I walked into the second floor study room of the School of Education ready to do some research for a final paper I was writing; I had put myself in just the right mindset to sit down and finish a good portion of work. Surveying the area, I found the seat of my choice: a table to myself tucked away in the far corner, facing the tall, leaded windows that reached all the way to the high ceilings, allowing the crisp evening light of spring to shower me as I eagerly delved into primary sources. My thoughts were like a jagged slab of marble, hard, strong and heavy, waiting to be chiseled into a softly nuanced piece of art.
I settled into my spot and breathed it all in. I brought out my computer and opened Facebook.
The magic was gone. I realized this about five minutes into empty-heartedly scrolling through my news feed; each post I saw acted not as the careful tap of a chisel but as a hammer’s blow. My thoughts were tiny pebbles chaotically, helplessly scattered on the floor.
I had had enough. For a while I had fantasized about deleting my Facebook, which my best friend from back home, Madi, bravely had done during our junior year of high school.
“I felt like it was taking over my life,” she told me when I e-mailed her about writing this article. “I felt addicted to checking it at least every hour.” It hit me then, also, that I spent at least five minutes on social media every time I sit down at my computer. That’s over an hour every week and almost forty hours over a school year spent mindlessly scrolling through my news feed — forty hours of what I saw then as wasted time I could have spent on schoolwork or simply daydreaming.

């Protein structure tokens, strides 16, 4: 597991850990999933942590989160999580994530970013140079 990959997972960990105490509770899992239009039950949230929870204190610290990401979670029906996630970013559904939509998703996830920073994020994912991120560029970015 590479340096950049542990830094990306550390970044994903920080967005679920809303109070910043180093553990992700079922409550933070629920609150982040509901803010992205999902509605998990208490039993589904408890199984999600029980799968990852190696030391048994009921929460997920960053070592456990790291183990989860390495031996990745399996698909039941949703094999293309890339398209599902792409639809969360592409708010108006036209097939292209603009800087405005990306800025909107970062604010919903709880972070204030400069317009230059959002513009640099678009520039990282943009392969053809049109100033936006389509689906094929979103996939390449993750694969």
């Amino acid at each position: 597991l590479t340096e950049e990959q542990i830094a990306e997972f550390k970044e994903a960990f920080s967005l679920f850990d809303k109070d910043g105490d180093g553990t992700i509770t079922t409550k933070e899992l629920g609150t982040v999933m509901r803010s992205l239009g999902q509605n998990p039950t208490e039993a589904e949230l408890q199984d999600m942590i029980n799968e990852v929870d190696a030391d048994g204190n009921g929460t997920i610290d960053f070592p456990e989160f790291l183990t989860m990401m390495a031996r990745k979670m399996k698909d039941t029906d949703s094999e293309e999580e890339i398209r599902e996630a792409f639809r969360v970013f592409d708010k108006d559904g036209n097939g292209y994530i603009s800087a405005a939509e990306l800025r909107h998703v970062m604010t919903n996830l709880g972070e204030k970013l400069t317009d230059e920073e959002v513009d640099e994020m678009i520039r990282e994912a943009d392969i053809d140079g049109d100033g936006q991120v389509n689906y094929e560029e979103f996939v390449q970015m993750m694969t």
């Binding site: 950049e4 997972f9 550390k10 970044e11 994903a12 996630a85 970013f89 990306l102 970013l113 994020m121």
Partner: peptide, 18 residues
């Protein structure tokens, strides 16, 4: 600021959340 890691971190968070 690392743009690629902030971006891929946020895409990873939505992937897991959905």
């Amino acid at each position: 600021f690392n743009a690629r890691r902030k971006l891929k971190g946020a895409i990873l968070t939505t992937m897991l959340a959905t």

What’s more is that the moments within those forty hours usually made me feel pretty horrible. I became extremely pessimistic: posts from high school friends claiming to have found their “people,” posts from my friends at Michigan who seemed to have found better, cooler lives than I had, and any other posts you could think of seemed to me like purposeful attempts by others to shove their apparent happiness in my face — me, who was struggling through freshman year, trying to push my way through the massive undergraduate population in an effort to find my niche. What was wrong with me? Why couldn’t I find the perfect group of friends who understood me completely, who went with me to the perfect party with other perfect people whose portraits complemented my perfect social media profile?
It’s exhausting to relive those thoughts as I write them, and I’m sure they’re just as exhausting to read. They were certainly exhausting to experience; I realized during that moment in the School of Education how unnecessary it was to put myself through that. Facebook seemed to be the place where all of my anxieties manifested themselves, and so the only solution for me seemed to be to get rid of it.
I closed my computer screen and called my mom, with whom I’ve had countless conversations about the advantages and disadvantages of living in an age of such constant connectivity. I gave her a heads up that I was going to delete my profile — not deactivate, delete. As in, it would be gone forever.